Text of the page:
NEW YORK — Leslie Blodgett does it, and so do Susan Lucci, Naomi Judd and Cindy Crawford. All four of these women, along with an increasing number of beauty firms, have turned to infomercials to market their wares.
In recent years, the infomercial industry — known in marketing circles as “direct response television” — has evolved beyond late-night testimonials for hair growth serums and begun to attract venerable beauty companies.
Sure, hair replacement spots are still a component of infomercials, but so are premium beauty brands such as Bare Escentuals and Philosophy. As it has worked to shed its “taboo” label, direct response has also succeeded in attracting legions of celebrities who are hopping into the medium as co-creators or spokeswomen for beauty lines. There’s Susan Lucci’s Youthful Essence Microdermabrasion System, Esteem skin care by Naomi Judd, Sheer Cover cosmetics backed by Leeza Gibbons, Meaningful Beauty skin care by Cindy Crawford and Lauren Hutton’s Face Disc Makeup. Youthful Essence, Sheer Cover and Meaningful Beauty are marketed by infomercial behemoth Guthy-Renker.
Last year, 67 new beauty infomercials aired on television, an increase of 10 percent compared with 2003, according to Infomercial Monitoring Service Inc.
The bulk of these programs first launched on home shopping channels like QVC and HSN, and later added an infomercial component to reach a broader TV viewing audience.
Bare Escentuals’ chief executive officer Leslie Blodgett, a familiar face on QVC since 1997, began dabbling in direct response four years ago, linking up with Cmedia, a full-service infomercial agency.
Dave Savage, executive vice president of Cmedia, believes a successful infomercial effort will translate into better retail sales. “It’s an advertisement, and that does help generate retail sales and sales on QVC and HSN,” said Savage.
He noted that direct response has helped Bare Escentuals build its brand image and establish a proprietary database of customers in a relatively short period of time.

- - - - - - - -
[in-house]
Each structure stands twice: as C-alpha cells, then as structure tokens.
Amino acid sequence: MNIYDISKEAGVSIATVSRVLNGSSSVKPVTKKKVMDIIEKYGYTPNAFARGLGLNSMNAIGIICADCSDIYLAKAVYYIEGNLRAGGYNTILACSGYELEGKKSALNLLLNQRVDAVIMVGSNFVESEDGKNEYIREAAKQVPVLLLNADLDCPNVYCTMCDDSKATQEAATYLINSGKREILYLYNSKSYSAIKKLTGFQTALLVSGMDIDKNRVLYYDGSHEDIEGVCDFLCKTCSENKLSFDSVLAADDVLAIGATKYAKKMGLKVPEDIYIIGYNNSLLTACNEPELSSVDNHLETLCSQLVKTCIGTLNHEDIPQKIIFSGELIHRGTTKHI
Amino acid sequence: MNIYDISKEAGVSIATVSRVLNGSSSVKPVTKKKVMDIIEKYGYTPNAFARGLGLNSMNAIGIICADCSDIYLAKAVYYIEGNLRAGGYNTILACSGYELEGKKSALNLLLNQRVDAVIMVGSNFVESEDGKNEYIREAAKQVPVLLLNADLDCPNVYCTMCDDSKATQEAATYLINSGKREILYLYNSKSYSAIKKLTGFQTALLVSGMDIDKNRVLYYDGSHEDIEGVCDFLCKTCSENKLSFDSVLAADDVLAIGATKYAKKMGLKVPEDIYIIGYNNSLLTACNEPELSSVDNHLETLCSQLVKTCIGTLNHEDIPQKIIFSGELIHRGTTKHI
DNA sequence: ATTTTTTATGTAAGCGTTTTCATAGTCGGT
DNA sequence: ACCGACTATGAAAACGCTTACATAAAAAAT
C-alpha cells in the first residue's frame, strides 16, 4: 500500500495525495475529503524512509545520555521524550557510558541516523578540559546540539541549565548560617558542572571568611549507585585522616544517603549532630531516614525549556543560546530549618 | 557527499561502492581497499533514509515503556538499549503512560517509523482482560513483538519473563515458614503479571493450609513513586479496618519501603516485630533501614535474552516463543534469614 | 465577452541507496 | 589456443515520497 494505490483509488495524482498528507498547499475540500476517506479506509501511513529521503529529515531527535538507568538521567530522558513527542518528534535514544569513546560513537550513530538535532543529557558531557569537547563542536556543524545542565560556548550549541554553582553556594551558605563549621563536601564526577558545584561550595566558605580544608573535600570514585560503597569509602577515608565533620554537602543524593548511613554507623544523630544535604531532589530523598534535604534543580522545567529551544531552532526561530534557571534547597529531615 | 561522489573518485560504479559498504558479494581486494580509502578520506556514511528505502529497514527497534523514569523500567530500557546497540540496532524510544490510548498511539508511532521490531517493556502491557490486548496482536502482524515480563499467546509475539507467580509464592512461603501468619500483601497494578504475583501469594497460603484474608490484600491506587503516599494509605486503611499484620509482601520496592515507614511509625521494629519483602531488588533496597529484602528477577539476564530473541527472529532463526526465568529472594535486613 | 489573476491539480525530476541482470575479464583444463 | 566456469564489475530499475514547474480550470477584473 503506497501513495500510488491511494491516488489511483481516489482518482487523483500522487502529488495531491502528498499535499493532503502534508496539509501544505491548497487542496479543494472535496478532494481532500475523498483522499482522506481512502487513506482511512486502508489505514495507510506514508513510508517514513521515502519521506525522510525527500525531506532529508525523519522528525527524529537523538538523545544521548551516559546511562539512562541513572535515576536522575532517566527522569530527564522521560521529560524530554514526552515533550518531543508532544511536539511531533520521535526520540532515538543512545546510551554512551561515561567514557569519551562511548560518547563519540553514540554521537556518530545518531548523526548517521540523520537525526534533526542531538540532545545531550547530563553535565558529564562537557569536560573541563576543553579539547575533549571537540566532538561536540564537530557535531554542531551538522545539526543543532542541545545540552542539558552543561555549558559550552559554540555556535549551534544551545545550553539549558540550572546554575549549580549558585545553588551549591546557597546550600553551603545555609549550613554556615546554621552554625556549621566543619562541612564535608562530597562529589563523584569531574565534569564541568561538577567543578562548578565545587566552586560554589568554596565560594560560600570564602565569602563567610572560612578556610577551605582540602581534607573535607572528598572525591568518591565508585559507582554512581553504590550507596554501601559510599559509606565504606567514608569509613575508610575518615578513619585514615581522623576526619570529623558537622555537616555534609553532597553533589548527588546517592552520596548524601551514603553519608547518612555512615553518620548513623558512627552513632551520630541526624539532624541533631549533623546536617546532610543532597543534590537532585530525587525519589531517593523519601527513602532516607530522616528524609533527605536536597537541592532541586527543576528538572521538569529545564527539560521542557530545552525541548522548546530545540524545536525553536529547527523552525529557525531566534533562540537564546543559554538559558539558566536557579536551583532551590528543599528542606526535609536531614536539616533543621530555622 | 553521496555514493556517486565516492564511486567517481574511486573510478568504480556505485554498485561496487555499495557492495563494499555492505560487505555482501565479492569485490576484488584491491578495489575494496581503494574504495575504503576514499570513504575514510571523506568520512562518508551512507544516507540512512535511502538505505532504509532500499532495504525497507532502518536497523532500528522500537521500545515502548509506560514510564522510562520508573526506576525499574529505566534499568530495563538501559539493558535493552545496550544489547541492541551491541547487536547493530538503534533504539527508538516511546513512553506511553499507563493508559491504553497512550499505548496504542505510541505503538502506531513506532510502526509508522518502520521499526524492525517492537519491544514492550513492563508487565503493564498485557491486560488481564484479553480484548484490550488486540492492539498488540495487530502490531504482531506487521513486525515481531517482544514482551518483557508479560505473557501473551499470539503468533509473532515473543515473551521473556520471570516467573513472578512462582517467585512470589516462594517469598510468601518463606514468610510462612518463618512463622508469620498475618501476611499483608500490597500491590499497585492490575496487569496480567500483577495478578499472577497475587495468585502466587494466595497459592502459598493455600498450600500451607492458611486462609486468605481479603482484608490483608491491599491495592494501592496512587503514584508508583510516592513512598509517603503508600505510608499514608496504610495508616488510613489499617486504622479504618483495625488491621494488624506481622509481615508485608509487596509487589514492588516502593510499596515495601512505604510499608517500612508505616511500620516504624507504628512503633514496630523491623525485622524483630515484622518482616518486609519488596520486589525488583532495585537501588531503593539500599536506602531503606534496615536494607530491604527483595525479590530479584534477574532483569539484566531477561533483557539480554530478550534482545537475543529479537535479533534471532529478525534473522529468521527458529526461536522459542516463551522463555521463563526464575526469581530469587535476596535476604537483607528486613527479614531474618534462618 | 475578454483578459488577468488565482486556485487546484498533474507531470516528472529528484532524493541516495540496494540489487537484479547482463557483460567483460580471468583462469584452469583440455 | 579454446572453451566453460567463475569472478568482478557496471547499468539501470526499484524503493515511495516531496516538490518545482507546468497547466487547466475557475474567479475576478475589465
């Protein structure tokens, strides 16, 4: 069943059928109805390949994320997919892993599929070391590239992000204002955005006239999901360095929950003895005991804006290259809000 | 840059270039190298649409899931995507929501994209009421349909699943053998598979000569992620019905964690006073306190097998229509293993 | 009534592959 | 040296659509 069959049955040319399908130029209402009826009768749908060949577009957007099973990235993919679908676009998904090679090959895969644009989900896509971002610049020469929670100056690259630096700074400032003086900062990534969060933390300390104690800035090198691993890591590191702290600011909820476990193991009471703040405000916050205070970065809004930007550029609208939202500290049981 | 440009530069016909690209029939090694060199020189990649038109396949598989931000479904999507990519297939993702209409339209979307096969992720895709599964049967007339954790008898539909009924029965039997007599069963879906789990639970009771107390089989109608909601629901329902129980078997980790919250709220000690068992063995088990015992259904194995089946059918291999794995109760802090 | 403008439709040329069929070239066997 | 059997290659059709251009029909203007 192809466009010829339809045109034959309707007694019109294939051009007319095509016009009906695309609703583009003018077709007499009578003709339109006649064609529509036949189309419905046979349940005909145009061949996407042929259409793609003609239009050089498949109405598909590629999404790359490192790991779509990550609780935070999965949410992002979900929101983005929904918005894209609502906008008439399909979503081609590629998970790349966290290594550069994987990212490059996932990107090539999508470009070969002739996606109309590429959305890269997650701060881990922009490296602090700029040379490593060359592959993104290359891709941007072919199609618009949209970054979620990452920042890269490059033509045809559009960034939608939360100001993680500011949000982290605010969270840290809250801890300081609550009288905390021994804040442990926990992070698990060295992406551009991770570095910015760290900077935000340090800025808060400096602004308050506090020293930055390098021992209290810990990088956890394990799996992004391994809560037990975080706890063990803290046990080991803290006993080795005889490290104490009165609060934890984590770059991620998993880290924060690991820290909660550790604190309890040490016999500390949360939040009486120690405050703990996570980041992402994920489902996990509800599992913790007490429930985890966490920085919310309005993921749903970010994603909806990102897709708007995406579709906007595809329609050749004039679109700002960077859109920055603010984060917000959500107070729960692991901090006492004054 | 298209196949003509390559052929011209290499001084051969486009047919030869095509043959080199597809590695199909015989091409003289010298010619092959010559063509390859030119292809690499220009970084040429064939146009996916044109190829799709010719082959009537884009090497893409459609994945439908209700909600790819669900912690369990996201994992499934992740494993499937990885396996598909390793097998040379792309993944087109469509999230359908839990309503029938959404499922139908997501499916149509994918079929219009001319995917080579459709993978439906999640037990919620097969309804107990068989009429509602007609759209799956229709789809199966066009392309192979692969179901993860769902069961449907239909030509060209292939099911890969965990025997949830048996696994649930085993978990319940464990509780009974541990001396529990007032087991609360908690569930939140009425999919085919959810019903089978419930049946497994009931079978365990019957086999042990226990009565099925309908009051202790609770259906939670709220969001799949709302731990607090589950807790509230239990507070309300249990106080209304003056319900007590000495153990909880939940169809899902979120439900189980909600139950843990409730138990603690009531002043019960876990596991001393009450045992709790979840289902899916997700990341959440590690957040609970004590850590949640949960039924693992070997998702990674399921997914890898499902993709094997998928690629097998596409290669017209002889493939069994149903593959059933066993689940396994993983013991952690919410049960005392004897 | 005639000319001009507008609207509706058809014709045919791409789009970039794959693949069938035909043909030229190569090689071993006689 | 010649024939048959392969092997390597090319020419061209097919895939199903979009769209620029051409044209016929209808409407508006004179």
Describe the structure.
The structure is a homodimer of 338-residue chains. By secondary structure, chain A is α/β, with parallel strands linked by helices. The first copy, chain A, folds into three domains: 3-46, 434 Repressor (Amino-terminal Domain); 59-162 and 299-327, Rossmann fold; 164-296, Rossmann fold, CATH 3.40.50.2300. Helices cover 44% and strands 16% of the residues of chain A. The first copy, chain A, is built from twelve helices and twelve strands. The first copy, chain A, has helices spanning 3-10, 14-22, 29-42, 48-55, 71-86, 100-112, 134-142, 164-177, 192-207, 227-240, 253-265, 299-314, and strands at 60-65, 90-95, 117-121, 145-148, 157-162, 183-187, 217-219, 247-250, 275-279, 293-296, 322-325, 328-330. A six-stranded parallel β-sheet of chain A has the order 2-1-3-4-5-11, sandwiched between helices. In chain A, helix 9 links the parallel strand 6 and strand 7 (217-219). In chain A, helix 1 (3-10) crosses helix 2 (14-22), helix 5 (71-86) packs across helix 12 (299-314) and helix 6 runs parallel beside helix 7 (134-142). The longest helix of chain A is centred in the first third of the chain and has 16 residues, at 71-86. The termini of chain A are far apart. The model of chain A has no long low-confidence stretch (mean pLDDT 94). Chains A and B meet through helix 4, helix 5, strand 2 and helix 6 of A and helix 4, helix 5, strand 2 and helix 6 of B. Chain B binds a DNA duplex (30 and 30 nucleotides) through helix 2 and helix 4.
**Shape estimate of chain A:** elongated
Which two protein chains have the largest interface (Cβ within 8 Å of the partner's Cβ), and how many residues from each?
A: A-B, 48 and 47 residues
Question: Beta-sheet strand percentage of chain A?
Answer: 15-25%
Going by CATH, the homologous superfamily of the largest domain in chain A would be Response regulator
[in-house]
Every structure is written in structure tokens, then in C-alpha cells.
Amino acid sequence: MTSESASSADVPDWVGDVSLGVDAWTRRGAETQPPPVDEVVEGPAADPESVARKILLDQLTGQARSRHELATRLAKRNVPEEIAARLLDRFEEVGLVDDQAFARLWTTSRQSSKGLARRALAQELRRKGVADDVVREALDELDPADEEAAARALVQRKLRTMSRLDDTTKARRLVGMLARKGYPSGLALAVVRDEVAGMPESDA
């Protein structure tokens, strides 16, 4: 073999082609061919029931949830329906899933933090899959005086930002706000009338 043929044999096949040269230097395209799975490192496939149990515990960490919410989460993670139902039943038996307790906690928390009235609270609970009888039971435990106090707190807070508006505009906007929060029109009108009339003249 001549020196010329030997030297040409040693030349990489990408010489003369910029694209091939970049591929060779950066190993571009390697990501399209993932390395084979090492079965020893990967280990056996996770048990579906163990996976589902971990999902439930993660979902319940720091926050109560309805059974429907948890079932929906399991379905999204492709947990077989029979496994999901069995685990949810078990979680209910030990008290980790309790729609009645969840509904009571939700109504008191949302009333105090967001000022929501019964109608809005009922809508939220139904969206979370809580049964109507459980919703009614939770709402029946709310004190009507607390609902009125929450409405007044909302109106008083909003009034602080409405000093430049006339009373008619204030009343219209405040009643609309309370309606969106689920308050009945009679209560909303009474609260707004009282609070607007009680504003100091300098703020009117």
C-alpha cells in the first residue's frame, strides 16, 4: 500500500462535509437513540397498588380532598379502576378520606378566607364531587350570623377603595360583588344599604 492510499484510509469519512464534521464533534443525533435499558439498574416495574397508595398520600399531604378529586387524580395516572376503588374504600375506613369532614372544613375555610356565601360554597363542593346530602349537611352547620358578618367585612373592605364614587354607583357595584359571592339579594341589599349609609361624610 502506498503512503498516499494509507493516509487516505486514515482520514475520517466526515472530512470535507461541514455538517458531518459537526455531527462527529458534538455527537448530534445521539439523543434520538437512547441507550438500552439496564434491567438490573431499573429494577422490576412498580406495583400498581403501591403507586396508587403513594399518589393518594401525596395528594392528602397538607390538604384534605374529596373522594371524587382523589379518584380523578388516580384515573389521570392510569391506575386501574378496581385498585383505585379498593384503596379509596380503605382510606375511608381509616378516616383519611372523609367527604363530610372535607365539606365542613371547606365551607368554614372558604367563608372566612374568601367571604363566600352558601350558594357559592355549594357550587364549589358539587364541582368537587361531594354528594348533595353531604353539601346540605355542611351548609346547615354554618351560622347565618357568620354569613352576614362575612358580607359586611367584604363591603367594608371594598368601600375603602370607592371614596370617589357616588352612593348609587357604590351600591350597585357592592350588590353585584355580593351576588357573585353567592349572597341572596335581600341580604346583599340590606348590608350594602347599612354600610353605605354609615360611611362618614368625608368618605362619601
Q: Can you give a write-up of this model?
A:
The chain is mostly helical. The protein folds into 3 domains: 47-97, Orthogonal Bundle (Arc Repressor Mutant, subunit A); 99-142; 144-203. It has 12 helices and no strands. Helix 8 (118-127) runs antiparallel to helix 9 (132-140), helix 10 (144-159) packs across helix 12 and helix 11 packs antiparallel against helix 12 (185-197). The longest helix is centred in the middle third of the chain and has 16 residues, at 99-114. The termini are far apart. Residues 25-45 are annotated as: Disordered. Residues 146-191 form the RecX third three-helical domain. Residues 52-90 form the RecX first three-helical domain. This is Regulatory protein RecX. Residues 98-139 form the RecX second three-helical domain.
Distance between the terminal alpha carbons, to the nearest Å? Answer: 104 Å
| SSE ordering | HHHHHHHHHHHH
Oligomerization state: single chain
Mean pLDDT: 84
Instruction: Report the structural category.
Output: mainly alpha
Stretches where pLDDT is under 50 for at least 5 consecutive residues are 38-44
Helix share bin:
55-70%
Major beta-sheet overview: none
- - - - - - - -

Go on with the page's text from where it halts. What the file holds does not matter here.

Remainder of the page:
Philosophy, another of one of Cmedia’s clients that also sells on QVC, began testing infomercials last August.
“Philosophy, as a small independent company competing in a world of giants, needed another way to build awareness for the brand,” said Ray Reed, executive vice president of sales and marketing for Philosophy. He added that during its six years on QVC, the company found that Philosophy’s creator and ceo Christina Carlino had a “wonderful way of communicating with women via television. Infomercials were the logical next step,” said Reed.
This story first appeared in the May 27, 2005 issue of WWD. Subscribe Today.
Philosophy — which is also sold in more than 200 retail stores, including Nordstrom and Sephora — created a direct response program featuring a five-piece kit called Makeup Optional. The kit, which sells for three payments of $29.99, includes a weekly facial peel and a four-item daily skin care regimen. Carlino sells the kit, along with the Philosophy story of “making skin behave better,” in 28 1/2-minute spots.
Prior to airing the program, Reed said he visited with Sephora’s president and ceo David Suliteanu and Dale Crichton, executive vice president of cosmetics for Nordstrom, to address any retail concerns. Reed showed both executives a copy of Philosophy’s infomercial plans and asked for their feedback. Based on some of their input, Philosophy tweaked its concept and developed a story for retail that was consistent with its TV message. For instance, Reed explained, Philosophy has a retail kit similar in character to Makeup Optional. So, should a consumer ask for Makeup Optional at the counter, a sales associate can seamlessly transition into a sale.
Reed acknowledged the medium may not be right for every company: “Philosophy is blessed to have a charismatic creator, who translates very well on television.” He credits direct response as an element of Philosophy’s double-digit sales growth. Reed said, “We are constantly bringing new users to the brand.”